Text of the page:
A certain temptation exists to draw parallels between Hurricane Katrina and Hurricane Sandy and there is definitely some justice to this: A hurricane hits a major population center and after an initial sigh of relief, the light of day reveals just how much carnage has been left in the storm’s wake.
But on other levels, the storms are very different. Katrina hit in 2005, a year after George W. Bush had been reelected to a second term in office. Sandy hit less than two weeks before a presidential election. You think Bush would have been so slow to react if his hide had been on the line?
Secondly, although Washington D.C. is the home to the White House and loads of other government buildings, everyone knows that New York City is America’s first city; it functions in the same iconic way Paris does for France or London for the U.K. A submerged New York sends somewhat the same message to the world that Nazi flags did when they flew over Paris and Hitler was bombing London. Okay, of course that’s a pretty far-flung analogy (and I hate WW2 analogies anyways), but you get the idea: to the rest of the world it’s a giant SOS sign.
Now I don’t want to suggest either that George Bush would have done a good job with the aftermath of Katrina if he had been facing reelection or that Barack Obama would be doing a poor job if he were faced with a situation in another less affluent part of the country.
But in my mind, I can’t help but think that this moment has very little to do with the lessons learned from Katrina but rather it has considerably more to do with the timing and location.
Have we learned anything from Katrina? Well, I hope so. I don’t think we’ll know the answer until some time from now, possibly weeks or months or maybe even more than a year from now. I can’t remember who said this in the wake of Hurricane Katrina (probably more than one person, I imagine), but that was a moment for us as Americans to reconsider the situation of the poor in our country, it was a moment for us to decide what sort of country we wanted to be. Did we feel comfortable as a country with abandoning the poor in the face of a natural disaster? If you don’t remember the horror of the days following the Hurricane, might I recommend a quick Google search for Hurricane Katrina Superdome. Better yet, Google search images.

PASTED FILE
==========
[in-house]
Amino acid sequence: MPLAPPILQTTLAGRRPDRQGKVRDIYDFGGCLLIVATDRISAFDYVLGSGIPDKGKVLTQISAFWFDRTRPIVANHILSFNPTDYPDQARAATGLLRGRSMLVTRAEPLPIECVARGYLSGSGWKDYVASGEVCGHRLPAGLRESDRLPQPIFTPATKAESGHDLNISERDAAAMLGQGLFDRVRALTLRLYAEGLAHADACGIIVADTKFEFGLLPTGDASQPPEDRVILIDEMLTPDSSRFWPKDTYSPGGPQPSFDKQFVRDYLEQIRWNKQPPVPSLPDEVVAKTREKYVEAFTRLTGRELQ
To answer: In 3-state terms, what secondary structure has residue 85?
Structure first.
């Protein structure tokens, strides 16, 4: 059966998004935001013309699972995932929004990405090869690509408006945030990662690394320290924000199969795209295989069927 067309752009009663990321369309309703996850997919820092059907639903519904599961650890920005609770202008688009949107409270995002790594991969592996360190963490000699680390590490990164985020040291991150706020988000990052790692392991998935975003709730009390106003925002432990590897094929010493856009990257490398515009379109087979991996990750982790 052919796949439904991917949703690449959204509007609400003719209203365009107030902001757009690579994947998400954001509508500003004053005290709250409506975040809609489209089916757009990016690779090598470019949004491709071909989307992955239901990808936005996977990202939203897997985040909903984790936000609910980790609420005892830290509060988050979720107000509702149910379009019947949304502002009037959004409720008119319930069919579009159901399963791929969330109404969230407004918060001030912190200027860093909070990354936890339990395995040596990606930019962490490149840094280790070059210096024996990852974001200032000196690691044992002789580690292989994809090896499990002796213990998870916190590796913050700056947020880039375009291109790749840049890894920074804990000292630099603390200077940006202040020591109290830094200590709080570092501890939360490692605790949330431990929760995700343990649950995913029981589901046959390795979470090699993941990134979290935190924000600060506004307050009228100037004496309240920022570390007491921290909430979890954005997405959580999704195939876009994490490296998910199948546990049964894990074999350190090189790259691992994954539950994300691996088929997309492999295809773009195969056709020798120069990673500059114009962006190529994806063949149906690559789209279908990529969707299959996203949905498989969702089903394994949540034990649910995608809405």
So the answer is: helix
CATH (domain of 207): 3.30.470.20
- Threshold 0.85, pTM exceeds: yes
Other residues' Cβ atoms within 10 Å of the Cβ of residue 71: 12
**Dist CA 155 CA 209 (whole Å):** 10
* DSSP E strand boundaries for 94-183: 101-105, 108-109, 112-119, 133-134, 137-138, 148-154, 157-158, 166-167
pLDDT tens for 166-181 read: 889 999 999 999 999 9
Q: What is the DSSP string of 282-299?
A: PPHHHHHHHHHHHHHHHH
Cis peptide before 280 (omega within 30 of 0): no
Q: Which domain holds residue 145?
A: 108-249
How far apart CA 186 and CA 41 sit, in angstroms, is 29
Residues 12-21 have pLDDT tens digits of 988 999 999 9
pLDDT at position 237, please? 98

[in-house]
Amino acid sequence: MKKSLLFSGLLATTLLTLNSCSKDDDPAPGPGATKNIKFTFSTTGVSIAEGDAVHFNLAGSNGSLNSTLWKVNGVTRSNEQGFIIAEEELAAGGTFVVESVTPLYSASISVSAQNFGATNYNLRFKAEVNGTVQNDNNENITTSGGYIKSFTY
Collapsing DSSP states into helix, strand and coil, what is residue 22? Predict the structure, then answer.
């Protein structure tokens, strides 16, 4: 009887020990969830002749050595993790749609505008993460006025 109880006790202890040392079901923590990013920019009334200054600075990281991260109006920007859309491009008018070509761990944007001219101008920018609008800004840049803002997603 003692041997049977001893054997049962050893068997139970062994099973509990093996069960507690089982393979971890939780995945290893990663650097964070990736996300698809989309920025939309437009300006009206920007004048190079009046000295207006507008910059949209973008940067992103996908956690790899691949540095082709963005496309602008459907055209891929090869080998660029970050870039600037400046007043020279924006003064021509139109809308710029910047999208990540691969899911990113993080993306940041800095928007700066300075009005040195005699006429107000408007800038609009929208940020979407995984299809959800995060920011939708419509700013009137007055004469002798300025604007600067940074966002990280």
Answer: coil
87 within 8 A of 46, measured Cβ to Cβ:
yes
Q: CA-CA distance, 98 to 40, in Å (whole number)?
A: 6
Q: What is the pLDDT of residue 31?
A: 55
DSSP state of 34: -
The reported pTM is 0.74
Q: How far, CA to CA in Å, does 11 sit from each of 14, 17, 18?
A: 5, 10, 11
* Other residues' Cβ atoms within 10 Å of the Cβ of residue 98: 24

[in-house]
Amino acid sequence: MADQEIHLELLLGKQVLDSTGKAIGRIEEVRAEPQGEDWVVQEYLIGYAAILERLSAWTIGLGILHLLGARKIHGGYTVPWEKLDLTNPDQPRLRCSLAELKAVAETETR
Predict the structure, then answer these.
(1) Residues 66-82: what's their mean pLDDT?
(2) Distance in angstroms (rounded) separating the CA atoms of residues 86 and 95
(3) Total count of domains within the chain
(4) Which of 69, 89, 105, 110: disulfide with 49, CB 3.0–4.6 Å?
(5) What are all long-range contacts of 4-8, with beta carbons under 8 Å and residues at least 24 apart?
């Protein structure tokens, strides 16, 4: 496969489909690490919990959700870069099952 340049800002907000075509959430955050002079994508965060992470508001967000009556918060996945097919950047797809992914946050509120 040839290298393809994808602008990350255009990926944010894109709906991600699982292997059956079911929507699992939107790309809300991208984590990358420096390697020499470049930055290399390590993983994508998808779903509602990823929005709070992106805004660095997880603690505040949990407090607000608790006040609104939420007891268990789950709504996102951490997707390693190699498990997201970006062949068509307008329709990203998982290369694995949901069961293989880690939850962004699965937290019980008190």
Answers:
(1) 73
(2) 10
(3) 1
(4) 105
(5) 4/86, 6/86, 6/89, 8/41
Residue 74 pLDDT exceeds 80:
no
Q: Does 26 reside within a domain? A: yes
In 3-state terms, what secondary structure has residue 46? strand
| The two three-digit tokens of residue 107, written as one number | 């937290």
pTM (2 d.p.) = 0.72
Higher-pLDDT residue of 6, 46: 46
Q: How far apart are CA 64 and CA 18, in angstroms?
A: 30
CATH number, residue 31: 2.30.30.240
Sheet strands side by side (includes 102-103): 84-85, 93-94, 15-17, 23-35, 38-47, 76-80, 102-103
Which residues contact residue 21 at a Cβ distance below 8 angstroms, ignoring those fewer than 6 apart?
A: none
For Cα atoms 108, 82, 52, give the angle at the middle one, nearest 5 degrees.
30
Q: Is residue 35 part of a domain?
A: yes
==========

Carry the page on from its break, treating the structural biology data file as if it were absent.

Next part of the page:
I credit the events of Katrina with forcing me to finally abandon my hold on a political philosophy that I was already keeping at arm’s length. I was still a Republican, but more concerned with the environment than big business, and more worried about justifying our intervention in Iraq than the “strategic advantages” there were to being in the region or the oil resources we could now access.
While I was sitting in my classroom with a bunch of other privileged white kids in the Midwest, we saw a black woman on CNN crying, distraught at “raper men” in the Superdome. My classmates and my government teacher laughed. It was one of those moments that look insignificant on the surface, but seven years later, it’s still ingrained in my mind, it’s still forming me.
And so now as I wonder if we’ve learned our lessons, if we’ve taken a good hard look at ourselves as a nation I realize that what we’re seeing unfold in New York and New Jersey has remarkably little to do with what happened in Louisiana and Mississippi back in 2005.
My heart and hopes go to all of those affected by Sandy in solidarity – in solidarity with those in New Orleans, as well – and everyone in Detroit, Philadelphia, and all those other corners where you might not recognize the street corner for the United States or any other western country.
Note: For an informative and succinct overview of the days following Katrina, I would highly recommend this account from a photographer present at the Convention Center and the Superdome.